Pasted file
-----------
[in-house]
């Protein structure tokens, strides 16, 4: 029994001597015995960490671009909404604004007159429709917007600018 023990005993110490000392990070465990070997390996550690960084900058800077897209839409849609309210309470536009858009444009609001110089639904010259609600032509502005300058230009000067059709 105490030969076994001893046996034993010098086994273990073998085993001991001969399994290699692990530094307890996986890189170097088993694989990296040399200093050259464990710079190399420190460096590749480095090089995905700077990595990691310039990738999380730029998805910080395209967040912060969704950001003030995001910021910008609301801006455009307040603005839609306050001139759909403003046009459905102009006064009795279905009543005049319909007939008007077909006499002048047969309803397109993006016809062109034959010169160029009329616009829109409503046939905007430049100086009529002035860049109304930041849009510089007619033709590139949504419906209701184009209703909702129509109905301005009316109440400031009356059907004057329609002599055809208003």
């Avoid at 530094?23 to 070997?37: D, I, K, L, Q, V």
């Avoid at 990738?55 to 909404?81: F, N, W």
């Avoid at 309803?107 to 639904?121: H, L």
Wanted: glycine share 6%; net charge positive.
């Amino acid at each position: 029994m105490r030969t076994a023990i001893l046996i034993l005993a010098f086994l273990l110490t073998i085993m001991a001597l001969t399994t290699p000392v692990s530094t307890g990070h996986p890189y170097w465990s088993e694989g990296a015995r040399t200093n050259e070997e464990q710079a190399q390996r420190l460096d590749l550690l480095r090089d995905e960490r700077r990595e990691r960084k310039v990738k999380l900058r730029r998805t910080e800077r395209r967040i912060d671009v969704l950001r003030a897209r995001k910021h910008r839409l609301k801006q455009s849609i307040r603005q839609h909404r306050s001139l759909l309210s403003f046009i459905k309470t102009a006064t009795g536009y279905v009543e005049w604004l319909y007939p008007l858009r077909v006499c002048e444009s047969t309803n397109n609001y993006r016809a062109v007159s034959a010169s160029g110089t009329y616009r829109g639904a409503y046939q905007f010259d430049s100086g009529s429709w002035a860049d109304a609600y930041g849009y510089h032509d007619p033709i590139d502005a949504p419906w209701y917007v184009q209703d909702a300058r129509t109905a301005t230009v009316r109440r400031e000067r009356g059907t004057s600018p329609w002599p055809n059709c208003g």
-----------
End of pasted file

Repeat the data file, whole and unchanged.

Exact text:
[in-house]
């Protein structure tokens, strides 16, 4: 029994001597015995960490671009909404604004007159429709917007600018 023990005993110490000392990070465990070997390996550690960084900058800077897209839409849609309210309470536009858009444009609001110089639904010259609600032509502005300058230009000067059709 105490030969076994001893046996034993010098086994273990073998085993001991001969399994290699692990530094307890996986890189170097088993694989990296040399200093050259464990710079190399420190460096590749480095090089995905700077990595990691310039990738999380730029998805910080395209967040912060969704950001003030995001910021910008609301801006455009307040603005839609306050001139759909403003046009459905102009006064009795279905009543005049319909007939008007077909006499002048047969309803397109993006016809062109034959010169160029009329616009829109409503046939905007430049100086009529002035860049109304930041849009510089007619033709590139949504419906209701184009209703909702129509109905301005009316109440400031009356059907004057329609002599055809208003």
């Avoid at 530094?23 to 070997?37: D, I, K, L, Q, V």
């Avoid at 990738?55 to 909404?81: F, N, W």
């Avoid at 309803?107 to 639904?121: H, L």
Wanted: glycine share 6%; net charge positive.
């Amino acid at each position: 029994m105490r030969t076994a023990i001893l046996i034993l005993a010098f086994l273990l110490t073998i085993m001991a001597l001969t399994t290699p000392v692990s530094t307890g990070h996986p890189y170097w465990s088993e694989g990296a015995r040399t200093n050259e070997e464990q710079a190399q390996r420190l460096d590749l550690l480095r090089d995905e960490r700077r990595e990691r960084k310039v990738k999380l900058r730029r998805t910080e800077r395209r967040i912060d671009v969704l950001r003030a897209r995001k910021h910008r839409l609301k801006q455009s849609i307040r603005q839609h909404r306050s001139l759909l309210s403003f046009i459905k309470t102009a006064t009795g536009y279905v009543e005049w604004l319909y007939p008007l858009r077909v006499c002048e444009s047969t309803n397109n609001y993006r016809a062109v007159s034959a010169s160029g110089t009329y616009r829109g639904a409503y046939q905007f010259d430049s100086g009529s429709w002035a860049d109304a609600y930041g849009y510089h032509d007619p033709i590139d502005a949504p419906w209701y917007v184009q209703d909702a300058r129509t109905a301005t230009v009316r109440r400031e000067r009356g059907t004057s600018p329609w002599p055809n059709c208003g």